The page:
Posted by: martinworster | May 6, 2009

158. TWITTERING CLASSES

_dsc0039To twitter – a noise a bird makes. Sometimes it’s beautiful, often annoying – a cacophony of calls, shouts, chirps and bleeps. But essentially a meaningless din. Much like the rise and rise of Twitter. Do twits twitter? I first heard of Twitter a few years ago. It sounded interested but a bit of a weird stand-alone version of something you could already do with Facebook et al by using the ‘status update’. 

 

‘Woke up…Knocked back a double espresso, youch…Had trapped wind….Waiting in a queue for bus..irritating’. Yes, it is irritating. Did we really need to know micro updates of people lives? No. The airwaves are already polluted with messages, an overwhelming hum of dross and aural smog. I know there are other less mundane uses for twitter, it doesn’t have to be an inane recounting of the meaningless minutaie. For instance, the application can be used poetically – a post haiku format for wit and inspiration. Or maybe there are useful business applications. And, unlike with email and ‘send to all’, it can be a less invasive form of updating a group with jokes, suggestions and rants.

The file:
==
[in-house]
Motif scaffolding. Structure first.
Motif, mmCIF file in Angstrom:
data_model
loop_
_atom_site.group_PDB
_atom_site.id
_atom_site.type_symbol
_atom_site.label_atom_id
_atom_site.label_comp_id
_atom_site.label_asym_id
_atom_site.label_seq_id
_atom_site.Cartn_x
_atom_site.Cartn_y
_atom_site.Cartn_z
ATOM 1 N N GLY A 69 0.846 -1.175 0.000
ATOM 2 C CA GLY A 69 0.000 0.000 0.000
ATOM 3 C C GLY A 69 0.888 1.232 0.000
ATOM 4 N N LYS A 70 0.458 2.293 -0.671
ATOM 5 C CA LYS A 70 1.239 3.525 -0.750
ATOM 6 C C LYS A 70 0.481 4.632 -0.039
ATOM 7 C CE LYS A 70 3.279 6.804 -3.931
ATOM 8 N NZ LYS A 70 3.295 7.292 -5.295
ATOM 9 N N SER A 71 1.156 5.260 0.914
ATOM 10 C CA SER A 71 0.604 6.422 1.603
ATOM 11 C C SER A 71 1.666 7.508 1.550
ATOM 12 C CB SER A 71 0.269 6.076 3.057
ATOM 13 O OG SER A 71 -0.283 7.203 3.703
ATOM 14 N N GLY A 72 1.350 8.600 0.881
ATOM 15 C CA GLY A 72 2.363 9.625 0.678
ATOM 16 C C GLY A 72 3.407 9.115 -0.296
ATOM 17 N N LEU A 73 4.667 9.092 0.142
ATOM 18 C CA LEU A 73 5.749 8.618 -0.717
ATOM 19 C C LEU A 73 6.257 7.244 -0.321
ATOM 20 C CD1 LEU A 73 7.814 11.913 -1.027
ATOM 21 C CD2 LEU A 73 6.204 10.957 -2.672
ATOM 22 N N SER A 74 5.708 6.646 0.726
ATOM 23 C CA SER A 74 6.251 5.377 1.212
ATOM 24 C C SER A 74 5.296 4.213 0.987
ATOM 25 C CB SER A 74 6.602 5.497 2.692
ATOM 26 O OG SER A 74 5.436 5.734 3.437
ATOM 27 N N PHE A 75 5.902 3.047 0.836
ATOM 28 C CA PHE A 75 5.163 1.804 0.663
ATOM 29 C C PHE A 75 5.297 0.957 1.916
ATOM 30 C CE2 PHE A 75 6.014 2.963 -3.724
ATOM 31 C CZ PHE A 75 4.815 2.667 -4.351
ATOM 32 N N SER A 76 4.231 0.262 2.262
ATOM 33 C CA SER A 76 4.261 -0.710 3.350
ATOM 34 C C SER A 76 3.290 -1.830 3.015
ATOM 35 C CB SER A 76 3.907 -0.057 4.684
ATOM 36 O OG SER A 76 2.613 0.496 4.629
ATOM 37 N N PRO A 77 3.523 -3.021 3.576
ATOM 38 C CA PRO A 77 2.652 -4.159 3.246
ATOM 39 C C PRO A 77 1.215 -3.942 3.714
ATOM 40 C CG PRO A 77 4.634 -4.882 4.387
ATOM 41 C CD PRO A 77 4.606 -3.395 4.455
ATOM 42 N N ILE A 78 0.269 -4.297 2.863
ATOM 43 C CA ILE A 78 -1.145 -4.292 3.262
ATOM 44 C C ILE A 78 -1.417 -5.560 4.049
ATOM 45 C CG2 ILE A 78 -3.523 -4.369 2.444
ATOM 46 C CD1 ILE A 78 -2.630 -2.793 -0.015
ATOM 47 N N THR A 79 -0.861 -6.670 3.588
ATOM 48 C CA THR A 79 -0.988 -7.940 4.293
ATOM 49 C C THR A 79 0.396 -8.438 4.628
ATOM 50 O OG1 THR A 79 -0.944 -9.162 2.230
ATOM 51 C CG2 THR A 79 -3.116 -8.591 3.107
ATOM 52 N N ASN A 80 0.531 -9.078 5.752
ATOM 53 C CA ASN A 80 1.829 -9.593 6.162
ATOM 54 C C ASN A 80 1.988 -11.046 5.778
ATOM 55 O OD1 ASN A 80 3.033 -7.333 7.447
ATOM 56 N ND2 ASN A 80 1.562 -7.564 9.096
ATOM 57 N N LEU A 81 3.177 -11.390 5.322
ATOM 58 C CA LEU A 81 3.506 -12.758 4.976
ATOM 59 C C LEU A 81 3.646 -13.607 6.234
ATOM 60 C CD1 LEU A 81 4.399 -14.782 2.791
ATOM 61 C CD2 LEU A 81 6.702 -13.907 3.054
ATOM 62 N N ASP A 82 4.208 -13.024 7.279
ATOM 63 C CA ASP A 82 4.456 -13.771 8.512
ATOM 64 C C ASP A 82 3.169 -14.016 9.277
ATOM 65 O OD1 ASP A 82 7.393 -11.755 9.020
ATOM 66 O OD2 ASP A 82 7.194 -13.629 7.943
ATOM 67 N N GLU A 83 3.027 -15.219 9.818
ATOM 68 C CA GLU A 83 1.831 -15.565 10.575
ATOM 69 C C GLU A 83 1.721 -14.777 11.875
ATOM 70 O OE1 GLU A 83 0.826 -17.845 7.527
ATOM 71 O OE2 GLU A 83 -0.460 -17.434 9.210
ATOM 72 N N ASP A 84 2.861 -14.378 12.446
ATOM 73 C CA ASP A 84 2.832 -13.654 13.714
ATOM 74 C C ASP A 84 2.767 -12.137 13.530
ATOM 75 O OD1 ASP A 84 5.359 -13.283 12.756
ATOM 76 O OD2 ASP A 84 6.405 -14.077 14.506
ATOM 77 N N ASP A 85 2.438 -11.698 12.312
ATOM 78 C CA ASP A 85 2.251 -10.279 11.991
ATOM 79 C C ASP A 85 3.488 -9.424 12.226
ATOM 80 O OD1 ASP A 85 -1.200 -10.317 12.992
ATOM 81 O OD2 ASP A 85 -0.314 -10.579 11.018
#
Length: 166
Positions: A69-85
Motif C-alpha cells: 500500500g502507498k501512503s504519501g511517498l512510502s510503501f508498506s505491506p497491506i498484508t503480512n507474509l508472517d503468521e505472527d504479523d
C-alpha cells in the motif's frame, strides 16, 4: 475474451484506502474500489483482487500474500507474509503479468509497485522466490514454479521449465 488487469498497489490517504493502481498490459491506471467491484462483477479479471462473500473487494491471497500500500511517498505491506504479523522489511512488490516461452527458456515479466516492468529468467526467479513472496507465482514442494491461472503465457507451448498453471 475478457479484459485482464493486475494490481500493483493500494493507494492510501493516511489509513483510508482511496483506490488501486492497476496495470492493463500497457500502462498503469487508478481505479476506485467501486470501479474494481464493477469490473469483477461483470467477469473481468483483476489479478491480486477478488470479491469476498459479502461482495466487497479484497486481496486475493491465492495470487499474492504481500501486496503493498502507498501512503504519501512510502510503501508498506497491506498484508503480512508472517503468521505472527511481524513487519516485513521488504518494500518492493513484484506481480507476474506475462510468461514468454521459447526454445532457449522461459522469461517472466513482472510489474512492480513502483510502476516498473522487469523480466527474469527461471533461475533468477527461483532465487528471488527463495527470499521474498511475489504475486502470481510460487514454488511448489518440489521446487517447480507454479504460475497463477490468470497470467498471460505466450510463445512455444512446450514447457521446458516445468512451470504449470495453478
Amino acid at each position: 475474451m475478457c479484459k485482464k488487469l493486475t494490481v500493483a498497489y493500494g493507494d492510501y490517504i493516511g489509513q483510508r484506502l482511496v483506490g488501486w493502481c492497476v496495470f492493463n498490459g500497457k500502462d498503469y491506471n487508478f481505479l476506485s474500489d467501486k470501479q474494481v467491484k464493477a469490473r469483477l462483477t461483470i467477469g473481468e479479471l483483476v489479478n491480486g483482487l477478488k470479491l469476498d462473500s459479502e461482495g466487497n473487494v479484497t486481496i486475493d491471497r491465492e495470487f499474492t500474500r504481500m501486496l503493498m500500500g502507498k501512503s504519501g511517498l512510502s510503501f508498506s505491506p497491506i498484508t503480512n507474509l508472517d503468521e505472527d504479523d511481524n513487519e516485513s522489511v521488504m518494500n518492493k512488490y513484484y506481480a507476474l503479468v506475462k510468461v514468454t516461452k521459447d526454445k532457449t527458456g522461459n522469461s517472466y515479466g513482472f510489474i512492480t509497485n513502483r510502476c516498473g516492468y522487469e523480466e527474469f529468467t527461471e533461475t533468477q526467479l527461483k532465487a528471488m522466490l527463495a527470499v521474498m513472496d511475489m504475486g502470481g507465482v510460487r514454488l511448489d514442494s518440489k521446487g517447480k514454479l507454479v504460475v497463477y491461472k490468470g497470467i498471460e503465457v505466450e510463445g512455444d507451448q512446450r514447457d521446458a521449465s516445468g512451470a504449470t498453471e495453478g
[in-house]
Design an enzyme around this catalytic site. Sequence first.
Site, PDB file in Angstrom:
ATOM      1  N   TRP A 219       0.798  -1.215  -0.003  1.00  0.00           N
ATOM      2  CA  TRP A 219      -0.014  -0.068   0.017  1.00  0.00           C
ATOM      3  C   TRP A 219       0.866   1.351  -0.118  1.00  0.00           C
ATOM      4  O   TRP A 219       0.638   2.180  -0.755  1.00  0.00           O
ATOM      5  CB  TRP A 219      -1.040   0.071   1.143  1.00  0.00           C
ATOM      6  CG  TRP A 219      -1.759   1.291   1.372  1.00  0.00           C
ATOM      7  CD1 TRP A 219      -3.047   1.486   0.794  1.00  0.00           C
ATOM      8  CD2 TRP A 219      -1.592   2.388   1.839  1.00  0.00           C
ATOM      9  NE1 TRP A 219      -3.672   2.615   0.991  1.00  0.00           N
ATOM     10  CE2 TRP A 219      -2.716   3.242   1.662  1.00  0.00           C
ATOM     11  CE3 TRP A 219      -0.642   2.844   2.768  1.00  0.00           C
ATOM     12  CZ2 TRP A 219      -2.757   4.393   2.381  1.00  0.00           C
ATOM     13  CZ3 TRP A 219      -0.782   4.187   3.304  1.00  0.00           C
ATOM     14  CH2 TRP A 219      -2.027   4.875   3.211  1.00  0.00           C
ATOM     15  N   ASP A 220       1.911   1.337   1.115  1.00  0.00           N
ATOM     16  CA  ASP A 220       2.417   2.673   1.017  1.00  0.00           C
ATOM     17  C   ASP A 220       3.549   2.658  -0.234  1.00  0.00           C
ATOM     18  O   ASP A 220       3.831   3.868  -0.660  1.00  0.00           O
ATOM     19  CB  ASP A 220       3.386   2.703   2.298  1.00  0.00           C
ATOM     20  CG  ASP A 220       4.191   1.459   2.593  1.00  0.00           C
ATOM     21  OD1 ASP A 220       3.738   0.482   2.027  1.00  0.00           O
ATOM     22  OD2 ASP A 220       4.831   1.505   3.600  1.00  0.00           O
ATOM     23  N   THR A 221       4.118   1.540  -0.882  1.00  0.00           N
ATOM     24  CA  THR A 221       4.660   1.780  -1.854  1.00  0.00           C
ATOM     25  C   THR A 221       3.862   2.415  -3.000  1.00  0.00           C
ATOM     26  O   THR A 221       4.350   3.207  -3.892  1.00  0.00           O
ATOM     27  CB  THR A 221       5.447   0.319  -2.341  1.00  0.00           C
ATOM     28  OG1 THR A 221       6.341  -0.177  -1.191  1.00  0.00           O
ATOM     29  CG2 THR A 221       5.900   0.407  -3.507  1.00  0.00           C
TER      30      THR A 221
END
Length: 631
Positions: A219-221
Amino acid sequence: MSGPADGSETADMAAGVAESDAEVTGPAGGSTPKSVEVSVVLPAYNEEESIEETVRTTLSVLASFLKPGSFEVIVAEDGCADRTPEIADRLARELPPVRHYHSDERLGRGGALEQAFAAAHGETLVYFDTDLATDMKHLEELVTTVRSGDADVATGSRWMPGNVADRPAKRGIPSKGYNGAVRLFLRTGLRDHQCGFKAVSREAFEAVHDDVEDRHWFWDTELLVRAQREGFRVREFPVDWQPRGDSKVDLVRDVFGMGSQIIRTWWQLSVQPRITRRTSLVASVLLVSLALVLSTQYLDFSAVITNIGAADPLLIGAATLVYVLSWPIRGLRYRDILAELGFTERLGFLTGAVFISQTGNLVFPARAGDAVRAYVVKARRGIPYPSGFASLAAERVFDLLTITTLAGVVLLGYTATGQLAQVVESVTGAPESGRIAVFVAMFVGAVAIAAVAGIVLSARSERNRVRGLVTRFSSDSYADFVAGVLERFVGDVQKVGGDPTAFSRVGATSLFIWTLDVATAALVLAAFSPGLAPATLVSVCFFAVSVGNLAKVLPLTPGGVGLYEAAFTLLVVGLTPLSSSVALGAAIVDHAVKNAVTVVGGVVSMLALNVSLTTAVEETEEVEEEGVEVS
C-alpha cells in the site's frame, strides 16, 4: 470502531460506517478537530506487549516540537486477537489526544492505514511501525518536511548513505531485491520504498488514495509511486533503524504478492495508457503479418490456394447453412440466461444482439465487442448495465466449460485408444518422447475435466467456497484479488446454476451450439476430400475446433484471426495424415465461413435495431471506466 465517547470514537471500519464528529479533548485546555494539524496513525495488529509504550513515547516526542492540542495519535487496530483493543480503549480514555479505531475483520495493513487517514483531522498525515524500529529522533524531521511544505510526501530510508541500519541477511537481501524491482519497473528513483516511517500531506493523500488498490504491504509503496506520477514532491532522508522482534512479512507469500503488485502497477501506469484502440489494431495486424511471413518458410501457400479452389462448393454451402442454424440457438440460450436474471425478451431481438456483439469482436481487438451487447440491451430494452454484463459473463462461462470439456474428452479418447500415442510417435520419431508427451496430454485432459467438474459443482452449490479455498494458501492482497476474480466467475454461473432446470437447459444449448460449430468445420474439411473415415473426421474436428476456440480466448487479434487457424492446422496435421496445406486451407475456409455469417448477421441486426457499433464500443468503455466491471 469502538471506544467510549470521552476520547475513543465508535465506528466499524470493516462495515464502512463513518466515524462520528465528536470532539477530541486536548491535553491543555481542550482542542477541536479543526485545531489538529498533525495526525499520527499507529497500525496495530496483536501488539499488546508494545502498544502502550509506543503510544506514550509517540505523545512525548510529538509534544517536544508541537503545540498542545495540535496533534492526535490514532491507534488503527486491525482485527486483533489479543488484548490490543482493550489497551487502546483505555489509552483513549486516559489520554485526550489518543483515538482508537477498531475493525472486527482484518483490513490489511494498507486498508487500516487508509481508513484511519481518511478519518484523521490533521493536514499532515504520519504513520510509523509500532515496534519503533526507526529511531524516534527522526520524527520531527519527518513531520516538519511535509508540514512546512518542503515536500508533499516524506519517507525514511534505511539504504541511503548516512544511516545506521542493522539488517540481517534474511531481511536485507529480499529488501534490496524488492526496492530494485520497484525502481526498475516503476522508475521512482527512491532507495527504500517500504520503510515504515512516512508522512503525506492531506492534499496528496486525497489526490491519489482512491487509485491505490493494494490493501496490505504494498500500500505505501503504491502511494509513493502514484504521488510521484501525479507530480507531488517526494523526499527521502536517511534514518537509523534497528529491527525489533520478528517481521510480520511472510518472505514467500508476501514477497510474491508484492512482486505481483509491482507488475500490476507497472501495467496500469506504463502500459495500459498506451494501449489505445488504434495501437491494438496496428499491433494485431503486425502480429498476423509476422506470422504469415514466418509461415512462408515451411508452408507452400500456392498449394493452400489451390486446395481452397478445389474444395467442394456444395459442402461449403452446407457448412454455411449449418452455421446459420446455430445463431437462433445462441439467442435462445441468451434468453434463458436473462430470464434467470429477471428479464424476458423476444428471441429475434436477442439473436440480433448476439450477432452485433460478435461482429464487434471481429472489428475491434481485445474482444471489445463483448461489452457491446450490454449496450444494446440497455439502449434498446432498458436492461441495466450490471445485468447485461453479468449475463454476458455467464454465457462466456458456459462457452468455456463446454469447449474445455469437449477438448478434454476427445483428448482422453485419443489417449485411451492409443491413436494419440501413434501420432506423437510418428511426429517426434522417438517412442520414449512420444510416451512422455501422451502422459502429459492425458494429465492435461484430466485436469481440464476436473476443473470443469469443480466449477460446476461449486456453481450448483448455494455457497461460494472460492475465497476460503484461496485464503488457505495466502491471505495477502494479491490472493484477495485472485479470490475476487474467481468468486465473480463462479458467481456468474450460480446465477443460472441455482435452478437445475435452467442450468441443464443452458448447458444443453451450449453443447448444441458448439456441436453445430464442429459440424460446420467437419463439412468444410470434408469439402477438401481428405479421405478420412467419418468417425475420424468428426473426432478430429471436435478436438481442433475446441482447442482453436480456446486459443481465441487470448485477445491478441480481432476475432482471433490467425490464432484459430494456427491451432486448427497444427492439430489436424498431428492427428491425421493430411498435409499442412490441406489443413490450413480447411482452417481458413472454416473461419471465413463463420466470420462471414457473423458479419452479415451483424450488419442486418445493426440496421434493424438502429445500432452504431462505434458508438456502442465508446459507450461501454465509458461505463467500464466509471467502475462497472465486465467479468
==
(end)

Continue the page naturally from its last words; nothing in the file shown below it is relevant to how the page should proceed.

But to be honest it’s just another time consuming application I don’t have time for. Give it a few months and the next hip destination de jour will be in vogue and all the tech trendies will run lemming like.

 

It reminds me of the chattering classes. (Chattering classes is a generally derogatory[1] term often used by pundits and political commentators to refer to a politically active, socially concerned and highly educated section of the “metropolitan middle class,”[1] especially those with political, media, and academic connections). And now we have the twittering classes – a narrow section of urban elite early adopters many in a media or educated profession who think that the constant stream of pointless bile in their daily lives is worth broadcasting. Just like this blog…

Advertisements

Leave a Reply

Fill in your details below or click an icon to log in:

WordPress.com Logo

You are commenting using your WordPress.com account. Log Out / Change )

Twitter picture

You are commenting using your Twitter account. Log Out / Change )

Facebook photo

You are commenting using your Facebook account. Log Out / Change )

Google+ photo

You are commenting using your Google+ account. Log Out / Change )

Connecting to %s

Categories

%d bloggers like this: